The AK Party members with backgrounds in law say their party differs radically from the RP and the FP, which were both shut down over the same charges. They think the prosecutor's indictment -- which references a speech by Prime Minister Erdoğan stating that the headscarf should not be banned in universities even if it is a political symbol and alcohol bans imposed by some AK Party municipalities as evidence for its anti-secularism allegations -- does not make a strong case. These deputies say Yalçınkaya has made some serious legal errors in his indictment. They also note that Konya deputy Hüsnü Tuna and Isparta Mayor Hasan Balaban were referred to the disciplinary board of the party for anti-secular remarks that are included in the indictment, which means they are not strong evidence. They say the fact that prosecutor Yalçınkaya overlooked the AK Party's response to these statements will be highlighted in their defense statement.
The indictment also lists amendments made to two articles in the Constitution to put an end to a nearly two-decade-old ban against the headscarf on university campuses. However, the two articles are being challenged legally at the Constitutional Court by the opposition. AK Party lawyers state that it would be impossible, technically, to shut down a party over articles about which a legal process is still under way. They also point out that the Nationalist Movement Party (MHP), which backed the constitutional amendments concerning the headscarf, is not facing any charges; making their defense case even stronger.
The prosecutor's case also demands that senior AK Party members and President Abdullah Gül, who used to be a senior member of the party, be barred from engaging in political activity for the next five years. The AK Party's deputies dealing with the closure case note that under Turkish law, the president can only be tried on charges of treason. In other words, the prosecutor's demand for a political ban on Gül is a political rather than a legal action. Deputy Prime Minister Çiçek, known for his skills in oratory, will present the AK Party's defense testimony in court.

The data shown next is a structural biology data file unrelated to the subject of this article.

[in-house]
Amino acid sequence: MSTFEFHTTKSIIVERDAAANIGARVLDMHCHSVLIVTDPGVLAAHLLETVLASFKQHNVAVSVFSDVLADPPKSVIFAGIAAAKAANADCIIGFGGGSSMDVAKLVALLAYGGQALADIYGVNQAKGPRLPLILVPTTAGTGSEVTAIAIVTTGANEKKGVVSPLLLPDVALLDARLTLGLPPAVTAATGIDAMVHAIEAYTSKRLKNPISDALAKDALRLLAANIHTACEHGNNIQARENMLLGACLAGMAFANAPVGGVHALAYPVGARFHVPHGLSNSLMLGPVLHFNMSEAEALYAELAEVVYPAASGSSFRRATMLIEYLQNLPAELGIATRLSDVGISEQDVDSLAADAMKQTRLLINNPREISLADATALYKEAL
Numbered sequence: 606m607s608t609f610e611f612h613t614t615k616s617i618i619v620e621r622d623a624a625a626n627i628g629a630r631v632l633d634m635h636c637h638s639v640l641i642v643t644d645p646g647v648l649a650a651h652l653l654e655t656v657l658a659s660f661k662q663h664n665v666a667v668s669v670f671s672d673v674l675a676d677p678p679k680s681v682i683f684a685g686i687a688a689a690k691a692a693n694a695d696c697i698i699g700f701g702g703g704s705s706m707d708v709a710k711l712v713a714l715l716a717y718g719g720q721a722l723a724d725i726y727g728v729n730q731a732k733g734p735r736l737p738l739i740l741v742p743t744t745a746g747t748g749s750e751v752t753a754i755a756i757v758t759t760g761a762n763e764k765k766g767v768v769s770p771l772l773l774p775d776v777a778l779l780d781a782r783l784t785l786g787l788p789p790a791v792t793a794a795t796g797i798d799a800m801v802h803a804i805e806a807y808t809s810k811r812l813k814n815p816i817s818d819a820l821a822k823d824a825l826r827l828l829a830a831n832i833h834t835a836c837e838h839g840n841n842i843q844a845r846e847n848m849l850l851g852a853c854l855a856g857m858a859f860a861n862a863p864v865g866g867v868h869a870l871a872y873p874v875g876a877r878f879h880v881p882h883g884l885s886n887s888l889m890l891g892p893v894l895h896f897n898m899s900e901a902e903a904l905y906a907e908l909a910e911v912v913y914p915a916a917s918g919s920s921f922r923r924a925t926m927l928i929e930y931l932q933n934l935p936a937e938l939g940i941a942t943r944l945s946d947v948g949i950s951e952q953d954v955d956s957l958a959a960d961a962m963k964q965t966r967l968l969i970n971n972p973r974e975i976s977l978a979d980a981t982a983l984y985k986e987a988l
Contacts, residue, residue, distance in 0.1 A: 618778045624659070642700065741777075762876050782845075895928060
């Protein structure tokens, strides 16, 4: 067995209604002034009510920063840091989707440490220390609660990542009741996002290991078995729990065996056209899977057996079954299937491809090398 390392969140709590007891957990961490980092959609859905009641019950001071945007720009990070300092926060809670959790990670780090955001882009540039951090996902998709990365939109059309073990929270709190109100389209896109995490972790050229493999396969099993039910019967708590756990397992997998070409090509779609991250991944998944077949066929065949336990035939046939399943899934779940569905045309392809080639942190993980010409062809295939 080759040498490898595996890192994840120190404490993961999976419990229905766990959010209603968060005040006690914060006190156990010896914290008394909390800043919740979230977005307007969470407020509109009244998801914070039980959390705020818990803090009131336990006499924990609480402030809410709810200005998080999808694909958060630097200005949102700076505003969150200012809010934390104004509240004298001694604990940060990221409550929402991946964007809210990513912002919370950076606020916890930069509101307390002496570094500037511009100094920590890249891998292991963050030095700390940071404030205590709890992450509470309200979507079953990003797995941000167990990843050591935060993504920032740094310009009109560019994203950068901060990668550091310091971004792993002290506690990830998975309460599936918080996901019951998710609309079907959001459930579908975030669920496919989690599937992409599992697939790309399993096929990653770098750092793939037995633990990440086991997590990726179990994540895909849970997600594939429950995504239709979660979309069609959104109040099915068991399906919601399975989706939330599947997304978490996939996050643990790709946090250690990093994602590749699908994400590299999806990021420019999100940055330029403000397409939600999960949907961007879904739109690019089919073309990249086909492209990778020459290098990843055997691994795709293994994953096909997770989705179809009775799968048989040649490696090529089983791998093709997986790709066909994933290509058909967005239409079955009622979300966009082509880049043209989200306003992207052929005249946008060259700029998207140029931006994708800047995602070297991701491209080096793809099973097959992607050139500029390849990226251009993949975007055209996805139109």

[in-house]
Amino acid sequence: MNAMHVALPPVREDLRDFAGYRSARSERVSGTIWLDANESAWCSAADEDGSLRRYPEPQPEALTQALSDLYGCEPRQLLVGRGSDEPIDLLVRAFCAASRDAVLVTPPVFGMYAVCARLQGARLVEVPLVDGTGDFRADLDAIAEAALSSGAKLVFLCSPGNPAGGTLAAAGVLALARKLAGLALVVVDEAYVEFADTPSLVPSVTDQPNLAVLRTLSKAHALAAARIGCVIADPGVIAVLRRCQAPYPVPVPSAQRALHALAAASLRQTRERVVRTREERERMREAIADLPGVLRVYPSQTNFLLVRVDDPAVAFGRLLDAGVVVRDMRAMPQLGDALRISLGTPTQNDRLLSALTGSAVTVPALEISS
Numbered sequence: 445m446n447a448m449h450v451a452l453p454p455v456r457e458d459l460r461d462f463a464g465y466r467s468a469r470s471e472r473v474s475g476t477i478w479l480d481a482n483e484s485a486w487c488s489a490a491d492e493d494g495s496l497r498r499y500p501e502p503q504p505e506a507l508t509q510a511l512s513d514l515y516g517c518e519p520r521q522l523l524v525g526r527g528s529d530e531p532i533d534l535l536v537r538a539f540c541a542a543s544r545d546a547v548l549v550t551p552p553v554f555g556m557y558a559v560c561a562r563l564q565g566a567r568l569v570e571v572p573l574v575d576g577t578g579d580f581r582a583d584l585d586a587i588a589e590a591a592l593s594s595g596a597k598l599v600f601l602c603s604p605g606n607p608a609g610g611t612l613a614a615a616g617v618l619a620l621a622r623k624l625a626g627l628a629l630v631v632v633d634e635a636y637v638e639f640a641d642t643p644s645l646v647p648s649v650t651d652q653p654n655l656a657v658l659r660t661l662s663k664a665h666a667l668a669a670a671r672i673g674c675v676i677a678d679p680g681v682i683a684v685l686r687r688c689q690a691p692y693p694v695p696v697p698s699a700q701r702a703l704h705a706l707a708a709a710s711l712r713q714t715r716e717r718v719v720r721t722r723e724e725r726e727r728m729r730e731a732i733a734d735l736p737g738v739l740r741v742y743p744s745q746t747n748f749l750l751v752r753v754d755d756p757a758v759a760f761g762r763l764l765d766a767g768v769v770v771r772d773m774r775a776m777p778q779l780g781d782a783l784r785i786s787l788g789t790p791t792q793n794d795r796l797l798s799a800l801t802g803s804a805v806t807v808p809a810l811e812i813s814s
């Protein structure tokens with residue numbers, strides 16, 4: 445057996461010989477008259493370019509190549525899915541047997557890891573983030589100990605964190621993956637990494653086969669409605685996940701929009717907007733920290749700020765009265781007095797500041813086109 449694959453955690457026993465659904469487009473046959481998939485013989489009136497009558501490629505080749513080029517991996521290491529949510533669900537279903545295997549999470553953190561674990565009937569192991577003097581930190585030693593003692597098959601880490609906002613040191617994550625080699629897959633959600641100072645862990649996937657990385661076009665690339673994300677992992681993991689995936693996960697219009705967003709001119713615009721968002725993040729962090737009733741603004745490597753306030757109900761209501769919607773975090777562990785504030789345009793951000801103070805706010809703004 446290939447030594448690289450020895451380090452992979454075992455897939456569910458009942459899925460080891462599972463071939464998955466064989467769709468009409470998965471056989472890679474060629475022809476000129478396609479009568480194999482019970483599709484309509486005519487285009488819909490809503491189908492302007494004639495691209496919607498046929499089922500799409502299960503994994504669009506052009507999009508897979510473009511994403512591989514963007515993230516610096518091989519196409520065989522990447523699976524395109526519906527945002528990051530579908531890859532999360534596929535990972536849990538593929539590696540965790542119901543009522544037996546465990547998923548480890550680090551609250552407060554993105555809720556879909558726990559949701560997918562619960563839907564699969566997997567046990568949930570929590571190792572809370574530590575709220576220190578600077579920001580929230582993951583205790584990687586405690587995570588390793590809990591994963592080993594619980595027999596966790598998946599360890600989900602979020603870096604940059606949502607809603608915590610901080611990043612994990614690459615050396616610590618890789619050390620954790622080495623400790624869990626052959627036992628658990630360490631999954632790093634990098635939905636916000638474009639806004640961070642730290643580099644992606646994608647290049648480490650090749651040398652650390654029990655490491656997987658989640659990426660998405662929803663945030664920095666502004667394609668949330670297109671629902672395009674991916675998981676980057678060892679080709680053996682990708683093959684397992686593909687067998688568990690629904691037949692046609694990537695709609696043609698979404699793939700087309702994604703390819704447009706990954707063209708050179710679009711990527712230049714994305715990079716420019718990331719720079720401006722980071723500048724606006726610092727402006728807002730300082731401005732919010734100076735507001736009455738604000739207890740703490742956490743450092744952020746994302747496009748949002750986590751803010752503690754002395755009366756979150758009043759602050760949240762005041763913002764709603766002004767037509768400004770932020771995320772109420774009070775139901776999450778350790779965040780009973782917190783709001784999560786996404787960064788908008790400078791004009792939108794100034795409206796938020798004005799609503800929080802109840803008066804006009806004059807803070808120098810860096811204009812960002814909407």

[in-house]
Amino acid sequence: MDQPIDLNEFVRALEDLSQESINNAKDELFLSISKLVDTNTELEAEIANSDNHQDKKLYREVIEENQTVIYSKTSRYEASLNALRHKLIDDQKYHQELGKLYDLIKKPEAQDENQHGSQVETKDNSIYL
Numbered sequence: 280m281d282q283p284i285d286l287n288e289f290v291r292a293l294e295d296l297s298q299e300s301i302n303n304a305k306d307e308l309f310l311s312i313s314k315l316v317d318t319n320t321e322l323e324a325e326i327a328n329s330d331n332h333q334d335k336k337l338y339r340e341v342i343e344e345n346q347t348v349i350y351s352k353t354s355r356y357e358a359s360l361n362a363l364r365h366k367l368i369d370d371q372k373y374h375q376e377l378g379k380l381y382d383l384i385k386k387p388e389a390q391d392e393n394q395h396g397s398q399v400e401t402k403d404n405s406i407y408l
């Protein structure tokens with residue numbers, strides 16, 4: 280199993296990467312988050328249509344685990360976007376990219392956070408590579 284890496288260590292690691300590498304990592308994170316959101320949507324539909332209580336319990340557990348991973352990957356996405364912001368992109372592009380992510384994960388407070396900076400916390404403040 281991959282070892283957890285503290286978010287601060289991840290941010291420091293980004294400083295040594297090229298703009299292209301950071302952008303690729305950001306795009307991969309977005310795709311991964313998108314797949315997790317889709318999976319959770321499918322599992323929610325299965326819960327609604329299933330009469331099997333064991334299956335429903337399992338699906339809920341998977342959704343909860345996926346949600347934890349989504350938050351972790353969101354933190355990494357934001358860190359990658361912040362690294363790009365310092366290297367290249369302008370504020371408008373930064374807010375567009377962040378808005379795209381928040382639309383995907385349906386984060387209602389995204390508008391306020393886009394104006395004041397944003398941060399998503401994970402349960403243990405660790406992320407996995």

The AK Party says it will remain calm in the face of the closure case primarily to preserve Turkey's precarious economic balance and to avoid hurting domestic and international politics. AK Party Ankara deputy Salih Kapusuz, who spoke to Sunday's Zaman on Friday night, said: "We are used to dealing with closure cases. Unfortunately, Turkey cannot rid itself of this shame. However, this is arguably the most hilarious charge for closure. There is no need for panic. We will evaluate the issue from all perspectives and make a defense based on our common intellect. I don't believe that the Constitutional Court will shut down a party for those reasons [cited in the indictment]."
The first official announcement on behalf of the AK Party was made by Fırat. In his brief speech after the AK Party meeting, he said: "Thinking about the future of Turkey is not just the duty of the AK Party. Those who hurt Turkey will pay in history for what they do. It is again our responsibility to invite our nation to act with common sense. We will, until the very end, own up to the responsibility of representing the nation entrusted to us on July 22. We will not allow the eradication of the democratic advances our nation has made. Some judicial organs should stop using the law as an instrument for power struggles. Everyone will need the law at some point. Democracy and the law cannot be poised against each other. Turkey does not deserve such a scene."
Last Mod: 16 Mart 2008, 09:56